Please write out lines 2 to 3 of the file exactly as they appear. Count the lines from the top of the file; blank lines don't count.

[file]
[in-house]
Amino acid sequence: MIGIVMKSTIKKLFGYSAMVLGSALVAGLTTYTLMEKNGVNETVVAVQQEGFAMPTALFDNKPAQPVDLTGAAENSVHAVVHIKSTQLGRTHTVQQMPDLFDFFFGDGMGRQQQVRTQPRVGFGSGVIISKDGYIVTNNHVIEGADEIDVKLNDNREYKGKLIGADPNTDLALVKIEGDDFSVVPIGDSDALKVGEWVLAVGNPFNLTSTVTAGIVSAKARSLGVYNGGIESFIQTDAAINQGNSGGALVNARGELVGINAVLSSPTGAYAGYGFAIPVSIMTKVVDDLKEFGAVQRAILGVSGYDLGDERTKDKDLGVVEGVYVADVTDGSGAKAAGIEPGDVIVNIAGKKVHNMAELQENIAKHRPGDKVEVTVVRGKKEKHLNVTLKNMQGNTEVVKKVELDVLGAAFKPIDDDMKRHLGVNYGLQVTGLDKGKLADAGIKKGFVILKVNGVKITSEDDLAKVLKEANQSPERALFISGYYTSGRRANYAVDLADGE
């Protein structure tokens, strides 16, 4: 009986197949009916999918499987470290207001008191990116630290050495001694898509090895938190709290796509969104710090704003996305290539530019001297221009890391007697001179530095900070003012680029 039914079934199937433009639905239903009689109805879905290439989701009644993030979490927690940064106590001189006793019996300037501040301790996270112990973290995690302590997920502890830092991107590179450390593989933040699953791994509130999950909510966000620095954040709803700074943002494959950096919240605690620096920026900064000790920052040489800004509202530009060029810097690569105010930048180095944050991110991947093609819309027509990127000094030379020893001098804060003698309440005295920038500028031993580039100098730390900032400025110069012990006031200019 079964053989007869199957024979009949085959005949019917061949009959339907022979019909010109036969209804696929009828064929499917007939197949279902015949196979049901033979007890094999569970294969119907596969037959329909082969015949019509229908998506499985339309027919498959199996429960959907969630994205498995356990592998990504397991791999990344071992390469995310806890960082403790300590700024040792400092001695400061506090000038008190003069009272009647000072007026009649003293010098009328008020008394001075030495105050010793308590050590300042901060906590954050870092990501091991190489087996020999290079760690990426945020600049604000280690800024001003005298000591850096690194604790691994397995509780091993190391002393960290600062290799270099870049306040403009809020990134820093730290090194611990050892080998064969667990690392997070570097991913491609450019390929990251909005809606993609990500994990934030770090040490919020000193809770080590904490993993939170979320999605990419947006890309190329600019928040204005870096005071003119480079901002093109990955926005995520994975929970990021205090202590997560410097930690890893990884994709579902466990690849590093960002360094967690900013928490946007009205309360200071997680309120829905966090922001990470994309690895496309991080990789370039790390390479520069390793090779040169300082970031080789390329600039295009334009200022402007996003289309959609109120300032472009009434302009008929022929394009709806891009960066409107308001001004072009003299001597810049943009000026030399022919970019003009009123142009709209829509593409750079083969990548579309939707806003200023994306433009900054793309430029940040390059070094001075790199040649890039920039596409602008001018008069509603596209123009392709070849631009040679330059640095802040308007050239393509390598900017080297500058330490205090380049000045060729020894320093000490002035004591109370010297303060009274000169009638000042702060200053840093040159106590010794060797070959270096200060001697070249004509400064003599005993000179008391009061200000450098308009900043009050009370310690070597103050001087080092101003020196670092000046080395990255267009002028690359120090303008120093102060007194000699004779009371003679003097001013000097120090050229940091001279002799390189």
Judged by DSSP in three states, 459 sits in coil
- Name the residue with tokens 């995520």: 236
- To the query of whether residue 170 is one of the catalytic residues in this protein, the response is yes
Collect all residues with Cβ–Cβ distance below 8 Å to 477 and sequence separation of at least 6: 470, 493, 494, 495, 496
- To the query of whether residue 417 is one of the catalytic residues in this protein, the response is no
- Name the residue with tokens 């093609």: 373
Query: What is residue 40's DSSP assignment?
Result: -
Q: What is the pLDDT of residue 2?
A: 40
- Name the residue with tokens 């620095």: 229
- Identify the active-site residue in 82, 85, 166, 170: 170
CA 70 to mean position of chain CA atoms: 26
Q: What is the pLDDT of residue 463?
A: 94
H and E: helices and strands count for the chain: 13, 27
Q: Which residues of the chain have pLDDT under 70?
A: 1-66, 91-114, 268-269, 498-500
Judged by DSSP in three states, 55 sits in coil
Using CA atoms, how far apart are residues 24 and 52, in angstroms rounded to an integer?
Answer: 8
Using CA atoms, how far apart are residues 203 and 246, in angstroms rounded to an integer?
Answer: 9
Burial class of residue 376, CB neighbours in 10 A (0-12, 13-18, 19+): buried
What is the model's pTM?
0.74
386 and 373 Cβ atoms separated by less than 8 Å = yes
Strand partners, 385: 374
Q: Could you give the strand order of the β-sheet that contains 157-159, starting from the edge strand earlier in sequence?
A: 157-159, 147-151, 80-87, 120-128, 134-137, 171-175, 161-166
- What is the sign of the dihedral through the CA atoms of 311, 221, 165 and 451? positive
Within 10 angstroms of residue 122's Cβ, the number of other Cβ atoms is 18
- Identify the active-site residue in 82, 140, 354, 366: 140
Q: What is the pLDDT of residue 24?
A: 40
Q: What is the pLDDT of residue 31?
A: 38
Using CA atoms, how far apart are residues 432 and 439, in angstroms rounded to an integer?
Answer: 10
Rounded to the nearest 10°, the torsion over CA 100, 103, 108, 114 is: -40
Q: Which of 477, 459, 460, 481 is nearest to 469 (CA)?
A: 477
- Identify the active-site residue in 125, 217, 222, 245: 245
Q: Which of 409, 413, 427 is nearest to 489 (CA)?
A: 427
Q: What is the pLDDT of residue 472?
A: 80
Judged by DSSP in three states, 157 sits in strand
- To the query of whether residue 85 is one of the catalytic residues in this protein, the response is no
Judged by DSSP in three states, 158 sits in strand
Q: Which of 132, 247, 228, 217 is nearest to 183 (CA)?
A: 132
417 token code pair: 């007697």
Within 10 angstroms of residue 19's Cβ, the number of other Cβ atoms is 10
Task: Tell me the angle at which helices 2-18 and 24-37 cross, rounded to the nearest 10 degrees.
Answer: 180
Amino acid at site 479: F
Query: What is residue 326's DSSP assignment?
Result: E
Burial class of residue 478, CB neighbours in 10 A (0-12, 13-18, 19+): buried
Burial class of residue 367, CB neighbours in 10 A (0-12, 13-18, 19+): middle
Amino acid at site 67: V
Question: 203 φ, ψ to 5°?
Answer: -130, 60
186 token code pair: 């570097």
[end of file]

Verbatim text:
Amino acid sequence: MIGIVMKSTIKKLFGYSAMVLGSALVAGLTTYTLMEKNGVNETVVAVQQEGFAMPTALFDNKPAQPVDLTGAAENSVHAVVHIKSTQLGRTHTVQQMPDLFDFFFGDGMGRQQQVRTQPRVGFGSGVIISKDGYIVTNNHVIEGADEIDVKLNDNREYKGKLIGADPNTDLALVKIEGDDFSVVPIGDSDALKVGEWVLAVGNPFNLTSTVTAGIVSAKARSLGVYNGGIESFIQTDAAINQGNSGGALVNARGELVGINAVLSSPTGAYAGYGFAIPVSIMTKVVDDLKEFGAVQRAILGVSGYDLGDERTKDKDLGVVEGVYVADVTDGSGAKAAGIEPGDVIVNIAGKKVHNMAELQENIAKHRPGDKVEVTVVRGKKEKHLNVTLKNMQGNTEVVKKVELDVLGAAFKPIDDDMKRHLGVNYGLQVTGLDKGKLADAGIKKGFVILKVNGVKITSEDDLAKVLKEANQSPERALFISGYYTSGRRANYAVDLADGE
């Protein structure tokens, strides 16, 4: 009986197949009916999918499987470290207001008191990116630290050495001694898509090895938190709290796509969104710090704003996305290539530019001297221009890391007697001179530095900070003012680029 039914079934199937433009639905239903009689109805879905290439989701009644993030979490927690940064106590001189006793019996300037501040301790996270112990973290995690302590997920502890830092991107590179450390593989933040699953791994509130999950909510966000620095954040709803700074943002494959950096919240605690620096920026900064000790920052040489800004509202530009060029810097690569105010930048180095944050991110991947093609819309027509990127000094030379020893001098804060003698309440005295920038500028031993580039100098730390900032400025110069012990006031200019 079964053989007869199957024979009949085959005949019917061949009959339907022979019909010109036969209804696929009828064929499917007939197949279902015949196979049901033979007890094999569970294969119907596969037959329909082969015949019509229908998506499985339309027919498959199996429960959907969630994205498995356990592998990504397991791999990344071992390469995310806890960082403790300590700024040792400092001695400061506090000038008190003069009272009647000072007026009649003293010098009328008020008394001075030495105050010793308590050590300042901060906590954050870092990501091991190489087996020999290079760690990426945020600049604000280690800024001003005298000591850096690194604790691994397995509780091993190391002393960290600062290799270099870049306040403009809020990134820093730290090194611990050892080998064969667990690392997070570097991913491609450019390929990251909005809606993609990500994990934030770090040490919020000193809770080590904490993993939170979320999605990419947006890309190329600019928040204005870096005071003119480079901002093109990955926005995520994975929970990021205090202590997560410097930690890893990884994709579902466990690849590093960002360094967690900013928490946007009205309360200071997680309120829905966090922001990470994309690895496309991080990789370039790390390479520069390793090779040169300082970031080789390329600039295009334009200022402007996003289309959609109120300032472009009434302009008929022929394009709806891009960066409107308001001004072009003299001597810049943009000026030399022919970019003009009123142009709209829509593409750079083969990548579309939707806003200023994306433009900054793309430029940040390059070094001075790199040649890039920039596409602008001018008069509603596209123009392709070849631009040679330059640095802040308007050239393509390598900017080297500058330490205090380049000045060729020894320093000490002035004591109370010297303060009274000169009638000042702060200053840093040159106590010794060797070959270096200060001697070249004509400064003599005993000179008391009061200000450098308009900043009050009370310690070597103050001087080092101003020196670092000046080395990255267009002028690359120090303008120093102060007194000699004779009371003679003097001013000097120090050229940091001279002799390189």